Grandfather Bernard

       In Dragons of Histh is a picture of the gathering of the
Boothby clan.To the left is Bernard Boothby,top hatted industrialist
owner of Moothby Mills.This character was Grandfather
Bernard in real life.


          Bernard was the son of a German settler in the dutch town
of Barger Compascuum.Barger Compascuum was a peat industry
town and was much bigger and lively in the early twentieth

       In the 1920's Bernard had a business in which he and
his workers would ride a horse drawn wagon into the peat
workings and slice out the peat with shovel and

        He did well,but it was hard backbreakng
work for his employees.The peat would be sent along the
many canals in the area to industrial plants and as fuel.

       He also owned a large acreage near the original town
centre,which is about a mile from its current location.
Thus he raised his young family near old abandoned
windmills,churches and peat huts.

        He briefly hired grampa Herman,but the work
was too much for my other grandfather.

       Bernard was active in local politics and served
as a councillor who was involved in various

          During WW2 Bernard played a minor role
in the war effort against the Germans.He was employed
as a crop surveyor.

         He quickly learned to always record a lower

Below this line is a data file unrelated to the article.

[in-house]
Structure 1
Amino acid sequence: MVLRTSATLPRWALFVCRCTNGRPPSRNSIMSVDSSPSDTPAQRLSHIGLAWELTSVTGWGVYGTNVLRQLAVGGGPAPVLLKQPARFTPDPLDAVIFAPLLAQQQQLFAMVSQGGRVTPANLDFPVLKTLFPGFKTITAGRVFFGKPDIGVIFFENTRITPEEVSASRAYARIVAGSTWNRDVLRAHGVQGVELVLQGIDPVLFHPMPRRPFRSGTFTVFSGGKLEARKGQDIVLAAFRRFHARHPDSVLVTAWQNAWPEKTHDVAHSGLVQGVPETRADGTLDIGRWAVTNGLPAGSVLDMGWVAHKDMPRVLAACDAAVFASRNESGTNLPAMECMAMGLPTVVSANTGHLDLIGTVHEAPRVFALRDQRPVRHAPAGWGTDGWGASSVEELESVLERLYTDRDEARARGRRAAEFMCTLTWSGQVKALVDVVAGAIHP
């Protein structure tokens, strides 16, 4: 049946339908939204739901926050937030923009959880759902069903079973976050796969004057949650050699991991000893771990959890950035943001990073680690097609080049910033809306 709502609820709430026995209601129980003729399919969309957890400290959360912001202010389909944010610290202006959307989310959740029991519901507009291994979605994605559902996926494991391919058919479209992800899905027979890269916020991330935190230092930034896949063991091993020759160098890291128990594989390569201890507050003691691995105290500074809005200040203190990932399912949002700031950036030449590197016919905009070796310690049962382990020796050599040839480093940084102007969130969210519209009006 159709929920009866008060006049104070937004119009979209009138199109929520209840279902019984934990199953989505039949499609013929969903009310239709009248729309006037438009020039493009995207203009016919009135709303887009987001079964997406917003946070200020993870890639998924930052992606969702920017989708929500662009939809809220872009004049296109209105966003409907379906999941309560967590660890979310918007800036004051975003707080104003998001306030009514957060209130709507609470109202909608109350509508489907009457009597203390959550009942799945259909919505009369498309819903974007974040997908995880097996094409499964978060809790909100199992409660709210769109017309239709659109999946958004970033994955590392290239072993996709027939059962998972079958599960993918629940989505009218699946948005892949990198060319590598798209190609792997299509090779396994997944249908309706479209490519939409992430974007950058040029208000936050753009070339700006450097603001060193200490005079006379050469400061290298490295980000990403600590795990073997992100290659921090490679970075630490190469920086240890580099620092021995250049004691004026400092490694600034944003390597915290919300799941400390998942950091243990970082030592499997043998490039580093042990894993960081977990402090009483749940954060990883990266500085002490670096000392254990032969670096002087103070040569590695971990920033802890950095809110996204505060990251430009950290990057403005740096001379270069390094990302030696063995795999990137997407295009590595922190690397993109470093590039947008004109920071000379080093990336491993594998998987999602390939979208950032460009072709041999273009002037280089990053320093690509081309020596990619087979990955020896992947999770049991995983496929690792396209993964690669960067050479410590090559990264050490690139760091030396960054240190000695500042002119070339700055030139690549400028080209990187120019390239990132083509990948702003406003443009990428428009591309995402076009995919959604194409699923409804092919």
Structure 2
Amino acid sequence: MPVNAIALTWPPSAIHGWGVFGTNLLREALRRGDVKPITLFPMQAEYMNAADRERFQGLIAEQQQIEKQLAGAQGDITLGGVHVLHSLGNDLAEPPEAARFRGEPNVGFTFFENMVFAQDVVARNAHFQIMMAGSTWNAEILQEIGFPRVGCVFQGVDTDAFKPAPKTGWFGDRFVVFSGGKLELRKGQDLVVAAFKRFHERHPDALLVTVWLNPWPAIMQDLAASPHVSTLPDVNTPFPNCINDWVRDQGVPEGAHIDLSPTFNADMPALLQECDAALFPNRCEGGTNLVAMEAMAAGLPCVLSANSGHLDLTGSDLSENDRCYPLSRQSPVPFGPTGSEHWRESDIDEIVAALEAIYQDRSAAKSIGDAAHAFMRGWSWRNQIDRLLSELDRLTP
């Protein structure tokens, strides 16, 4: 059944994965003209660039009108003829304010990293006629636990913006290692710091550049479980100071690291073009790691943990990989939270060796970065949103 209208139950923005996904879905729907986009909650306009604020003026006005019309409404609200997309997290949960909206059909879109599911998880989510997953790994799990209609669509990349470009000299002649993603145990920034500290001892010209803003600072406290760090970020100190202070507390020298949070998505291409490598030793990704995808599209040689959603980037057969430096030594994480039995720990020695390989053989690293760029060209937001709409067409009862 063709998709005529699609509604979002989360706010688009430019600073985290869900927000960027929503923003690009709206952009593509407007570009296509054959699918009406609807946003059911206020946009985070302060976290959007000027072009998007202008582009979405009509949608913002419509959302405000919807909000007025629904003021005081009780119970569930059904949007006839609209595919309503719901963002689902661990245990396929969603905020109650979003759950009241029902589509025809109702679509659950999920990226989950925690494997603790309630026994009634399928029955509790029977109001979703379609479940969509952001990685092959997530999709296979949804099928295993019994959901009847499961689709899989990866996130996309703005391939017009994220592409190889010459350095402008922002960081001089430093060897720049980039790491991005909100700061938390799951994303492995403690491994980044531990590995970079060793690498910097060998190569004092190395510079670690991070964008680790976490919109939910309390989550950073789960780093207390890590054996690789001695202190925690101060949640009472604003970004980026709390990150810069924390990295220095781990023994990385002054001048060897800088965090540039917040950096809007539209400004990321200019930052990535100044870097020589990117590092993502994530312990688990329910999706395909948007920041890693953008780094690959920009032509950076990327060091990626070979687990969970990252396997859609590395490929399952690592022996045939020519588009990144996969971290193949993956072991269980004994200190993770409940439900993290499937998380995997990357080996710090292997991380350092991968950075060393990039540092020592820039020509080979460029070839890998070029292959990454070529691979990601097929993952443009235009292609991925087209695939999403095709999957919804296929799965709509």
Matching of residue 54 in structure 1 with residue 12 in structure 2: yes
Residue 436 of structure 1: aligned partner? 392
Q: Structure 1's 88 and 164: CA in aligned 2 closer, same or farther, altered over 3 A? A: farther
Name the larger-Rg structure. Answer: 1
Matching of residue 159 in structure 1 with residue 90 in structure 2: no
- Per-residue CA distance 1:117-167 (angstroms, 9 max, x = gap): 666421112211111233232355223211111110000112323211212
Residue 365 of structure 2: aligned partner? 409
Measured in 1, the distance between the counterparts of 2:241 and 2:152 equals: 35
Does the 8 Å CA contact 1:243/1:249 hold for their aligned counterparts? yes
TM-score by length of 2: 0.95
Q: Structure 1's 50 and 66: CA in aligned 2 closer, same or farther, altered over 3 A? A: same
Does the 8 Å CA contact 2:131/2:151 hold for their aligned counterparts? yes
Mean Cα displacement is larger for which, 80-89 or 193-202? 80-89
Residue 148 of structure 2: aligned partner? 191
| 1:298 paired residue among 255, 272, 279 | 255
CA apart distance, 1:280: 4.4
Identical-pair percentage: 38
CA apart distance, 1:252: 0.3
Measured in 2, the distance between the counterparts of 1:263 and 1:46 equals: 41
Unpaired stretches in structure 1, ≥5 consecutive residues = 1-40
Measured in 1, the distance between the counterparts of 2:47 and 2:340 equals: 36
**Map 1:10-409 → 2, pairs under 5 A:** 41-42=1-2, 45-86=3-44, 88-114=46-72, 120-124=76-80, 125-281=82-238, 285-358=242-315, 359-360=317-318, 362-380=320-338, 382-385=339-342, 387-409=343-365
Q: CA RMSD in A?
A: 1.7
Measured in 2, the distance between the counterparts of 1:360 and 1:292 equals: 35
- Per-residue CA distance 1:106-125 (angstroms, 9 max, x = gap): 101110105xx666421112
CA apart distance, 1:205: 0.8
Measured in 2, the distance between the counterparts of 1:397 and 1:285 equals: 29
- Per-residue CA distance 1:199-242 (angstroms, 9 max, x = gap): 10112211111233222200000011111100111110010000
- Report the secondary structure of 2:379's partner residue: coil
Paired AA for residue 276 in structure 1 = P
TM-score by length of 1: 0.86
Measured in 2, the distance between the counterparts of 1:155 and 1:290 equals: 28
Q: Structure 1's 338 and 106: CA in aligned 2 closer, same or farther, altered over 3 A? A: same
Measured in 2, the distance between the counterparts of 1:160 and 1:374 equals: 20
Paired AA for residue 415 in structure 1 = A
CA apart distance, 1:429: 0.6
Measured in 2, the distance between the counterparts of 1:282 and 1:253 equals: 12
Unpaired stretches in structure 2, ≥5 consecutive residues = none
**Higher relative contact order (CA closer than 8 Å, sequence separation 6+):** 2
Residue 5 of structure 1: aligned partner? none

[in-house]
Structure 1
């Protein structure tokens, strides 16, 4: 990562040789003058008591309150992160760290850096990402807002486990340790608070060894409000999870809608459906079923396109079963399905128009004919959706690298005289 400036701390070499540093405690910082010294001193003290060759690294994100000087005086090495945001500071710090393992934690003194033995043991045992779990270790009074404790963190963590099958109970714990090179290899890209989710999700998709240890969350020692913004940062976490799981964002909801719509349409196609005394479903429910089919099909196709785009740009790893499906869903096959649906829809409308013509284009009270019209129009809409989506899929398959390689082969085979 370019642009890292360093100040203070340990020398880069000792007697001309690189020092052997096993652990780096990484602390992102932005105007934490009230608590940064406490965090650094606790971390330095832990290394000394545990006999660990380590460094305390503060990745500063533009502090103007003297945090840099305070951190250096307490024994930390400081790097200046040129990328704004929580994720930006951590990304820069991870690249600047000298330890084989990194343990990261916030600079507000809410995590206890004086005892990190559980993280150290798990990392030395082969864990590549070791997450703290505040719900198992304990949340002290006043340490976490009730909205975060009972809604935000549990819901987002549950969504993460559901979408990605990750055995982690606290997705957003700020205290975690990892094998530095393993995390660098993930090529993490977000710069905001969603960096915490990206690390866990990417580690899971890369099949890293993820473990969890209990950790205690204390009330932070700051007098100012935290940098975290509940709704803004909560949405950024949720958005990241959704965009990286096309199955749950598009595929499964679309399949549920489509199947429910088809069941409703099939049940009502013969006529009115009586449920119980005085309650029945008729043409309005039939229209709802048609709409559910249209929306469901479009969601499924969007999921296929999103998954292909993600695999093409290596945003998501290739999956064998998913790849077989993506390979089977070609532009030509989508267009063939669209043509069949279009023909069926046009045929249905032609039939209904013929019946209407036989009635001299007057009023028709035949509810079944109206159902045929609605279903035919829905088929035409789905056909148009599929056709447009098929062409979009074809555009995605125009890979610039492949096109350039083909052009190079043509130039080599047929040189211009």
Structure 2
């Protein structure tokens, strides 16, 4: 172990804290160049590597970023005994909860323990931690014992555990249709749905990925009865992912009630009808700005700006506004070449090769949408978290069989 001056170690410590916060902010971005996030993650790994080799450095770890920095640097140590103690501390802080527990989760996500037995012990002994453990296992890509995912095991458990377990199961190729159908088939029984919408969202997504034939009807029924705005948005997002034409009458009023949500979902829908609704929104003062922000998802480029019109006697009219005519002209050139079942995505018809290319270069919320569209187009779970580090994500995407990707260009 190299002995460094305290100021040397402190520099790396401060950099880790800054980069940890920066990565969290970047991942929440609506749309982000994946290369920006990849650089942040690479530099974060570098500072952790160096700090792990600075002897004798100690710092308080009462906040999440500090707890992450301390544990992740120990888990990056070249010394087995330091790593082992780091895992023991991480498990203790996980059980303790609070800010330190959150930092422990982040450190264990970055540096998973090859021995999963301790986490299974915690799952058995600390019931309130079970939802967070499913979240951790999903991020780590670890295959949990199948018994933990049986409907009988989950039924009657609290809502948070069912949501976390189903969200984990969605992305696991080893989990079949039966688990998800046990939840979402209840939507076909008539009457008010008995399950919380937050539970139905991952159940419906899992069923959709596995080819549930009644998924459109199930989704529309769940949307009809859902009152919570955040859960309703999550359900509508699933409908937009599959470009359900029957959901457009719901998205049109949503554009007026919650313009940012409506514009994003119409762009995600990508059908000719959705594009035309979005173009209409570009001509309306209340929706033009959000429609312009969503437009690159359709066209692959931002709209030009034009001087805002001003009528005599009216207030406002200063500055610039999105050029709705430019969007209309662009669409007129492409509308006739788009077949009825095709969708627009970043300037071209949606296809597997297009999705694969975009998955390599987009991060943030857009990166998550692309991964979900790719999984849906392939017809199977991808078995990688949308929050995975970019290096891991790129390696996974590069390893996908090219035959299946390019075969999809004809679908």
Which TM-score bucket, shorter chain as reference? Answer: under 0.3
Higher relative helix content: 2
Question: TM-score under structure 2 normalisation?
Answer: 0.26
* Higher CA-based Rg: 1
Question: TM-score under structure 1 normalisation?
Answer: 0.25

harvest than had actually occurred.The farmer
kept the unreported harvest and Bernard did his bit to
reduce the amount of food flowing into Germany.

           He also grew potatoes on his acreage,a task with
which my mother helped him.

       Though he did not play a major role in hiding
fugitive Jews from the Gestapo and NSB'ers,he
did once hide two Jews in a shed behind his house in
the town.

          After the war he continued with his peat cutting
enterprise.In the early 60's the writing was on the
wall for the peat industry .He was part of a committe
working on a new project called A'Ole Compass.

       I only saw him while I was very young and my
main memory of him was when he showed us the old barn
church that had served as the first RC Church in 1873-1874.

          He died a few years later when his heart gave out.
No doubt all that heavy labour from about 1920-1960
contributed to his weak heart.

        The years flew by and the only trace of him I still
had was a toy wooden horse and cart.I smashed it up,
but thankfully my parents kept it and gave it back to me
years later.It was a model of a horse drawn wagon
from my grandfathers peatworking days.

        When I returned to Barger Compascuum I
revisted the project Bernard had been working on
in 1966.A'Ole Compass was a recreation of the pioneer
village of B. Compascuum around 1880 or so.

        One thing I noticed was that one of the peat workers
cabins looked an awful lot like the one Bernard raised his
young family in during the 1930's.

         I like to think that when they built that particular
re-creation,my grandfather had a hand in what it
looked like.

        Thus though he died decades ago his spirit lives
on for thousands to see each year in A'Ole Compass.

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